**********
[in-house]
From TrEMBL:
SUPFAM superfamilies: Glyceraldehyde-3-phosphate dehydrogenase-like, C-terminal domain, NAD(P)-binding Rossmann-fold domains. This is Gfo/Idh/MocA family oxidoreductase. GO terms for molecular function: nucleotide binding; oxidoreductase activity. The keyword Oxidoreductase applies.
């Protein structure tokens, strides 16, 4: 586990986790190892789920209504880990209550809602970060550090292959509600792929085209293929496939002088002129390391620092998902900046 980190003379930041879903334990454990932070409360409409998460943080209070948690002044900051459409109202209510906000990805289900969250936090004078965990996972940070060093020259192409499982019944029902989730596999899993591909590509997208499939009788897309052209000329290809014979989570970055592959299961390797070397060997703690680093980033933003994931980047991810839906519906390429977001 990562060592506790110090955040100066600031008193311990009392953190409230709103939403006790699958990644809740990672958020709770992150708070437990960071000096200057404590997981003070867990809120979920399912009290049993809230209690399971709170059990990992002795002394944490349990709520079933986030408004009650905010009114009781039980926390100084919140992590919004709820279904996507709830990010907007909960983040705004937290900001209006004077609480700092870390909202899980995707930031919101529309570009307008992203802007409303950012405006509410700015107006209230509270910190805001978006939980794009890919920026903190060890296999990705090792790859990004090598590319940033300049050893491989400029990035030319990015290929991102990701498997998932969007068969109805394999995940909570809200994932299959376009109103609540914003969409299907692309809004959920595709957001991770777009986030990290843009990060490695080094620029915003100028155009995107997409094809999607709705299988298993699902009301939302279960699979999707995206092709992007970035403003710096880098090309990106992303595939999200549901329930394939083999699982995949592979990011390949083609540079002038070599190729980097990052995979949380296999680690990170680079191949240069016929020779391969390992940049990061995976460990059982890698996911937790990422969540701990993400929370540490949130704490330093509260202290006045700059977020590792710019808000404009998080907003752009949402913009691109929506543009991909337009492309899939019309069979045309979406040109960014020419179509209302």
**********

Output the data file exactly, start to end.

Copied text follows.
[in-house]
From TrEMBL:
SUPFAM superfamilies: Glyceraldehyde-3-phosphate dehydrogenase-like, C-terminal domain, NAD(P)-binding Rossmann-fold domains. This is Gfo/Idh/MocA family oxidoreductase. GO terms for molecular function: nucleotide binding; oxidoreductase activity. The keyword Oxidoreductase applies.
């Protein structure tokens, strides 16, 4: 586990986790190892789920209504880990209550809602970060550090292959509600792929085209293929496939002088002129390391620092998902900046 980190003379930041879903334990454990932070409360409409998460943080209070948690002044900051459409109202209510906000990805289900969250936090004078965990996972940070060093020259192409499982019944029902989730596999899993591909590509997208499939009788897309052209000329290809014979989570970055592959299961390797070397060997703690680093980033933003994931980047991810839906519906390429977001 990562060592506790110090955040100066600031008193311990009392953190409230709103939403006790699958990644809740990672958020709770992150708070437990960071000096200057404590997981003070867990809120979920399912009290049993809230209690399971709170059990990992002795002394944490349990709520079933986030408004009650905010009114009781039980926390100084919140992590919004709820279904996507709830990010907007909960983040705004937290900001209006004077609480700092870390909202899980995707930031919101529309570009307008992203802007409303950012405006509410700015107006209230509270910190805001978006939980794009890919920026903190060890296999990705090792790859990004090598590319940033300049050893491989400029990035030319990015290929991102990701498997998932969007068969109805394999995940909570809200994932299959376009109103609540914003969409299907692309809004959920595709957001991770777009986030990290843009990060490695080094620029915003100028155009995107997409094809999607709705299988298993699902009301939302279960699979999707995206092709992007970035403003710096880098090309990106992303595939999200549901329930394939083999699982995949592979990011390949083609540079002038070599190729980097990052995979949380296999680690990170680079191949240069016929020779391969390992940049990061995976460990059982890698996911937790990422969540701990993400929370540490949130704490330093509260202290006045700059977020590792710019808000404009998080907003752009949402913009691109929506543009991909337009492309899939019309069979045309979406040109960014020419179509209302």